France’s soft-power arsenal includes Villa Kujoyama in Kyoto, Villa Medici in Rome, and Casa de Velasquez in Madrid. These three are now being joined by Villa San Francisco, the first residency of its kind in North America. “This is the first step to creating a bigger, nationwide network in the United States,” says Juliette Donadieu, cultural attaché to the French consulate in San Francisco. “We are hoping to recreate what we are working on here in other American cities.”
The residency program was launched in 2017. That year, the consul Emmanuel Lebrun-Damiens opened a floor of the French Residence – a hillside cottage overlooking the city just next to Golden Gate Park – and invited a selection of French writers. Novelist and essayist Martin Winckler was the first person to join the A Room with a View residency program. He was followed by science-fiction author Sylvie Denis, writer and translator François Bon, and illustrator Jérémie Royer, the author of a graphic novel about French ornithologist John James Audubon.
Creating and Networking
“This first writing residency was a chance for us to trial the format,” says Juliette Donadieu. Unlike a traditional residency, where artists are invited to create in a given space, Villa San Francisco will encourage residents to “escape the walls.” “Thanks to the network of the embassy and the Cultural Services, we are able to introduce artists to people they would never have met before, such as businesspeople from Silicon Valley and researchers from Berkeley and Stanford.”
The first four artists were chosen for the multidisciplinary aspect of their work, as well as for the role technology plays in their creative processes. (An international jury will select the candidates for the following seasons.) The first guest, science-fiction writer Alain Damasio, will be able to intersect the world depicted in his latest novel – Les Furtifs, in which society is completely controlled by multinationals and the digital sector – with the reality of Facebook, Google, and Amazon.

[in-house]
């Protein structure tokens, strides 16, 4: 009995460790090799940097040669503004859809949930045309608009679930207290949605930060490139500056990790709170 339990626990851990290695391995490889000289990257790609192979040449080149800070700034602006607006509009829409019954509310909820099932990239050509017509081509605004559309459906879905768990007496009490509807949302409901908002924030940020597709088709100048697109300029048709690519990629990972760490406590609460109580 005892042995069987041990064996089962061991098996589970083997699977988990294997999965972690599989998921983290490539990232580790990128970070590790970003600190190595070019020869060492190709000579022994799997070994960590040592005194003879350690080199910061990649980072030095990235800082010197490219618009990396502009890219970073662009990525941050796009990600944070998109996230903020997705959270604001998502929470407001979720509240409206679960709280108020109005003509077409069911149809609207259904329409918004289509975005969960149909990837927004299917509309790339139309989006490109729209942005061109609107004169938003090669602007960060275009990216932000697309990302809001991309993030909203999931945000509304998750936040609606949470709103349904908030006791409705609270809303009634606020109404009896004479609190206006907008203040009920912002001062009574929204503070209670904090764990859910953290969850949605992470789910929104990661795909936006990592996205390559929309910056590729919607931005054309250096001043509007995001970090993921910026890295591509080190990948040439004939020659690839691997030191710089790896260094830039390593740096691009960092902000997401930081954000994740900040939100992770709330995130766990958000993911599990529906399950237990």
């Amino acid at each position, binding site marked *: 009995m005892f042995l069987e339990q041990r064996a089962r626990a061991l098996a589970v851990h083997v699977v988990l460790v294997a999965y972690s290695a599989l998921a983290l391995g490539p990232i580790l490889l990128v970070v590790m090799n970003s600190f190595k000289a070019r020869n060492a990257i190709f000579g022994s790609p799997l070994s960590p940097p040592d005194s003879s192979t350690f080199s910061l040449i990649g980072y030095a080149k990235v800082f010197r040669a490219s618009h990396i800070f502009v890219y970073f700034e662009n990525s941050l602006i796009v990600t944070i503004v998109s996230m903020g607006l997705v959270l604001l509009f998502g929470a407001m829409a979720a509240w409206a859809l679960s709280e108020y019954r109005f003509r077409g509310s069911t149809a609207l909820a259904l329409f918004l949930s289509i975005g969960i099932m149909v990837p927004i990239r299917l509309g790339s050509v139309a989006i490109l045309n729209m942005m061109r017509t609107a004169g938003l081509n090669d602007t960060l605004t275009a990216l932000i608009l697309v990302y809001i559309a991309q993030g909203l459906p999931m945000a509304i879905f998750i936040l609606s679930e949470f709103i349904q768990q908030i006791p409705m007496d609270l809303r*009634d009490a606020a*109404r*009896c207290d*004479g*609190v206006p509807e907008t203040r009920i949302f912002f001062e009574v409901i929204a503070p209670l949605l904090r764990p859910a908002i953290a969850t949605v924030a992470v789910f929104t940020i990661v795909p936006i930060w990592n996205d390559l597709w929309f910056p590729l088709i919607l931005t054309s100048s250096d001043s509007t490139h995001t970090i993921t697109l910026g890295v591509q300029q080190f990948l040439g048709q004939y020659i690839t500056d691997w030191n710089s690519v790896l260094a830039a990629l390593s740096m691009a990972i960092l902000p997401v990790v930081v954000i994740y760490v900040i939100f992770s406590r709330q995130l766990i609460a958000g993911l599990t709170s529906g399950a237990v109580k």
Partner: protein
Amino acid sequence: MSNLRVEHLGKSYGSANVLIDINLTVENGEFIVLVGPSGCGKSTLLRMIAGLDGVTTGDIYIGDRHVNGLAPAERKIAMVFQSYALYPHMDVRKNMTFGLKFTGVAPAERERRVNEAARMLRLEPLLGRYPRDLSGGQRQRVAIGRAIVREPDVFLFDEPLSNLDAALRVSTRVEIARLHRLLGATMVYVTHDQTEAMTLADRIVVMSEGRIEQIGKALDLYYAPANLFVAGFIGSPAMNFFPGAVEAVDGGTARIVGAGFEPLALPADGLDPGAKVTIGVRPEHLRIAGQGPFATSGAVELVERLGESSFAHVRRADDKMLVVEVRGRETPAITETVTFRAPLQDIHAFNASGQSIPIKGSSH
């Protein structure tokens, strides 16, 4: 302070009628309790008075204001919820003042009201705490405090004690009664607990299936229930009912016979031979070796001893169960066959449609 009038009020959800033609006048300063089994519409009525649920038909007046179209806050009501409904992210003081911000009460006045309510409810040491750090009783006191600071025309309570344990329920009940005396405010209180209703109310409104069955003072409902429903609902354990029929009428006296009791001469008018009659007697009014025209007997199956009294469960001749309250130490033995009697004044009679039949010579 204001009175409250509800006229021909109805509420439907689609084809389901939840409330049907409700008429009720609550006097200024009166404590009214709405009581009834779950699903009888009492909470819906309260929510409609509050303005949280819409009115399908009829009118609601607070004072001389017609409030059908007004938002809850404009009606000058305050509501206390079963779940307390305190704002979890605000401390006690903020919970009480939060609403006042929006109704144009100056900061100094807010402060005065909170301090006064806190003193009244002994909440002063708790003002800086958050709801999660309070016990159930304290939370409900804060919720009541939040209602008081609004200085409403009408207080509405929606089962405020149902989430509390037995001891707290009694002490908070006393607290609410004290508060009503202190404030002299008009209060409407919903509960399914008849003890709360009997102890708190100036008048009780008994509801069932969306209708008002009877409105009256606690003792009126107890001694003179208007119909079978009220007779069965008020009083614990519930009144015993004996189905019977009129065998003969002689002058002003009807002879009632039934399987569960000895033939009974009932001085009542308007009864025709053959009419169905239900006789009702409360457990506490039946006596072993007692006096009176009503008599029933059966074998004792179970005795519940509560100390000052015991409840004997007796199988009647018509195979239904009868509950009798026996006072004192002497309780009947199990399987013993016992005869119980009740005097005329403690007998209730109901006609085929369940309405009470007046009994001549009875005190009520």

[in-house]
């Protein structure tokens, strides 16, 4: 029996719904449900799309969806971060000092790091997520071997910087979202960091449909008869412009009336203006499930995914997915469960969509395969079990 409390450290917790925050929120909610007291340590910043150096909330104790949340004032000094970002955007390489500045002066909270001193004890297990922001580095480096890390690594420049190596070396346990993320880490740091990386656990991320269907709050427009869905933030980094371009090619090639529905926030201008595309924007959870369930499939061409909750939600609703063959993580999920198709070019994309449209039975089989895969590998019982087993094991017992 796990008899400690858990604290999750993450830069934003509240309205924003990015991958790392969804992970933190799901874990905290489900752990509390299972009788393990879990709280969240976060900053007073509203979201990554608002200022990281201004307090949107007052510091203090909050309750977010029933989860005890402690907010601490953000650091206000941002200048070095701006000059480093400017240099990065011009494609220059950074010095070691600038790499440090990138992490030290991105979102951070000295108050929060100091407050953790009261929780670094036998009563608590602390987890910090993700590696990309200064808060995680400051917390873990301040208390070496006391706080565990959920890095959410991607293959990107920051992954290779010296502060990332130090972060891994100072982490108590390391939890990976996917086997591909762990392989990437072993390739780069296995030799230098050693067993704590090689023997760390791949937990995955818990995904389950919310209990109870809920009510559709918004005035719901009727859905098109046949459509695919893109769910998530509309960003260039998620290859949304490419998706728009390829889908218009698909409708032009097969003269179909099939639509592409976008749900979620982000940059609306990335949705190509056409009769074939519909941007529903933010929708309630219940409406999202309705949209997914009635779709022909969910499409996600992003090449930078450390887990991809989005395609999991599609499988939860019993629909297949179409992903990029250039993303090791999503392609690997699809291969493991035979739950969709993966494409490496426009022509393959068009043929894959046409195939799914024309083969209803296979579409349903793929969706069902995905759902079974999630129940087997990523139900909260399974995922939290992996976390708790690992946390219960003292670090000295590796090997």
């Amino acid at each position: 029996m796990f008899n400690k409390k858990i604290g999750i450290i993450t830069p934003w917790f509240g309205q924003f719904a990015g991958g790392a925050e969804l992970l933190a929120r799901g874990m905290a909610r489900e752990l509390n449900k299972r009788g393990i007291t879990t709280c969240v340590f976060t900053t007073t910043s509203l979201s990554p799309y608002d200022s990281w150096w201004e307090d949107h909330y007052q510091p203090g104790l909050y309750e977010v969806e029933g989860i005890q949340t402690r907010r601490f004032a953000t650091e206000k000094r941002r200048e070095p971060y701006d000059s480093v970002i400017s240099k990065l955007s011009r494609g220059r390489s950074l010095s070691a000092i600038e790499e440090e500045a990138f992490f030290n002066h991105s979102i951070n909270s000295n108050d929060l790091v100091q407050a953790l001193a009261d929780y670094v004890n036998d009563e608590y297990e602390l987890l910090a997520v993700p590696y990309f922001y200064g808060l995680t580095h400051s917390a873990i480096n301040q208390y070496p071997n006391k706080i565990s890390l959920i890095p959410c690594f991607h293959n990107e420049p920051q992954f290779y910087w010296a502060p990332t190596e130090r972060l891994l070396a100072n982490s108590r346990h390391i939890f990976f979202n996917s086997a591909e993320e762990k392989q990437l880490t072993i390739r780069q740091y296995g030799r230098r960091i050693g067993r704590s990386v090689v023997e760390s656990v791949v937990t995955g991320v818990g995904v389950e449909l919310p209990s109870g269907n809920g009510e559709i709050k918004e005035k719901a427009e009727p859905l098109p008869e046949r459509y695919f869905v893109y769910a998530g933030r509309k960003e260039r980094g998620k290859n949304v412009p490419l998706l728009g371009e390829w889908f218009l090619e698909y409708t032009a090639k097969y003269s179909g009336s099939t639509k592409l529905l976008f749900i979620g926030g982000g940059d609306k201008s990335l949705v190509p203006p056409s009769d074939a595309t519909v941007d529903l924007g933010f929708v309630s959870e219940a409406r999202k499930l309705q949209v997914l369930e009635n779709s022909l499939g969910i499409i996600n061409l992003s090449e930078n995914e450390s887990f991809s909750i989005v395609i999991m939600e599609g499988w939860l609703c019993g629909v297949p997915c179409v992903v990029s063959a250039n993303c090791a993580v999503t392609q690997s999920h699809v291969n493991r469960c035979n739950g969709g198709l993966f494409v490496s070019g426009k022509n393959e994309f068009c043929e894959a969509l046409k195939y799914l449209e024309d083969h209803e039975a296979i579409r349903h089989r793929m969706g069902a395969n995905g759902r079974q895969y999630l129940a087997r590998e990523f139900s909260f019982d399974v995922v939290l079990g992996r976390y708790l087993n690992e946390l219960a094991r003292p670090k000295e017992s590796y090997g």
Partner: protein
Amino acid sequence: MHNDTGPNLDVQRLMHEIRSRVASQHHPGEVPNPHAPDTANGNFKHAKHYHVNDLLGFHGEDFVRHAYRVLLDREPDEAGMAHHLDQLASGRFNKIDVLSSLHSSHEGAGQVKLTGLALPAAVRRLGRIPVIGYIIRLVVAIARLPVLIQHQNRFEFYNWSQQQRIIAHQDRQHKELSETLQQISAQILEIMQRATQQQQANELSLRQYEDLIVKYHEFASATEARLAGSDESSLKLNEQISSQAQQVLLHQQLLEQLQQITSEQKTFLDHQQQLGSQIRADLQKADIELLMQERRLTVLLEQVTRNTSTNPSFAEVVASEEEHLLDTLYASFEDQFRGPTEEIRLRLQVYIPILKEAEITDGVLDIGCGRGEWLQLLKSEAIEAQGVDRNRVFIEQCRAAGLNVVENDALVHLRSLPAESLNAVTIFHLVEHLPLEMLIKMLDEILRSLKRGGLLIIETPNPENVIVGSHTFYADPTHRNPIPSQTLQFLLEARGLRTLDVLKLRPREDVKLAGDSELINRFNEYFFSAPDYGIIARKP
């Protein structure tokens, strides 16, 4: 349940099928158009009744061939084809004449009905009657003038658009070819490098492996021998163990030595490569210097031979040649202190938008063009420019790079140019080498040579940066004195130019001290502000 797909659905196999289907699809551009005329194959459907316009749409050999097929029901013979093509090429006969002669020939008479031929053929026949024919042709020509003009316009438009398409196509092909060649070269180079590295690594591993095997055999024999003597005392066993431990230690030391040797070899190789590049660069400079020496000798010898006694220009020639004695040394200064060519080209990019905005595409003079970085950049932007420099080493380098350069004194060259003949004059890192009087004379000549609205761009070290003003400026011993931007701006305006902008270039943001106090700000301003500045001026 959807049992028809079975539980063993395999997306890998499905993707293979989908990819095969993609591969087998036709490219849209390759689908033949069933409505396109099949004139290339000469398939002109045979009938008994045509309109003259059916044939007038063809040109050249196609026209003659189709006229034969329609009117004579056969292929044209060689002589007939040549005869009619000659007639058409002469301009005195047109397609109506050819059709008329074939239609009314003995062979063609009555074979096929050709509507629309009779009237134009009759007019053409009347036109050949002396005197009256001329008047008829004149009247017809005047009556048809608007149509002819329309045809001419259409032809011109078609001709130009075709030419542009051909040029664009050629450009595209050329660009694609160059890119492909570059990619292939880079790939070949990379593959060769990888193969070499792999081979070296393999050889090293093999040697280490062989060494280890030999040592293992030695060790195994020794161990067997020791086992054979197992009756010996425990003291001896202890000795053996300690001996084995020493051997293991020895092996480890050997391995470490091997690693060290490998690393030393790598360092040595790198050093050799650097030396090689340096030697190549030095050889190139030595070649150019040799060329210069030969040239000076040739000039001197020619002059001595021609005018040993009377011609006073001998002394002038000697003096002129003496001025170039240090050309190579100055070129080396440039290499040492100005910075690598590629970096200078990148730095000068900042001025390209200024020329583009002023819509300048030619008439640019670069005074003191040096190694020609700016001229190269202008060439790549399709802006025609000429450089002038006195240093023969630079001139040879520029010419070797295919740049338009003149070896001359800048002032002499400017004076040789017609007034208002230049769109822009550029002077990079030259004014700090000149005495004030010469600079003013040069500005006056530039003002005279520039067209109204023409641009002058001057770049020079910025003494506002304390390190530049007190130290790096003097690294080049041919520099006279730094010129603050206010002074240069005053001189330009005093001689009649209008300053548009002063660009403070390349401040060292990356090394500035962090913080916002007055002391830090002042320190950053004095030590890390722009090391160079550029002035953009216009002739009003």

The other residents expected for this first season are the new media producer Chloé Jarry and journalist Aude-Emilie Judaïque, photographer and filmmaker Mohamed Bourouissa, and the live performance duo Adrien M and Claire B. While the American borders will still be closed to French visitors when the program begins in October, a number of “micro-residencies” aimed at Californian artists will be launched. “Whatever happens, Villa San Francisco will not become an online residency.”
Local Guides to Help French Artists
“Physically meeting people is essential,” says Juliette Donadieu. In order to facilitate French-American exchanges, each artists-in-residence (whose time in the program ranges from four to six weeks) will be paired with a local artist who will act as a guide. This effort to foster transatlantic cooperation can be felt even in the apartment itself, which is decorated with works by Agnès Varda, JR, Nathalie du Pasquier, and other French artists who have lived in California.
Residents’ travel costs are taken care of and each person receives a 2,000-dollar grant. The program is supported by the Institut Français in Paris and financed by the French consulate in San Francisco and the French American Cultural Society, which supports cultural and educational projects in the Bay Area. “The first French artists may not be able to come to America in person before the end of the year,” says Juliette Donadieu. “But we are adapting, becoming more agile. In crises such as these, we must urgently help artists and remind everyone of the importance of art in our societies.”
=> To mark the inauguration of Villa San Franscisco, two panel discussions will be organized online on August 25, 2020, at 9 am PST. French ambassador Philippe Etienne, cultural attaché Juliette Donadieu, writer Alain Damasio, and Shannon Jackson, associate vice chancellor of the Arts + Design department at Berkeley, will be among the panelists.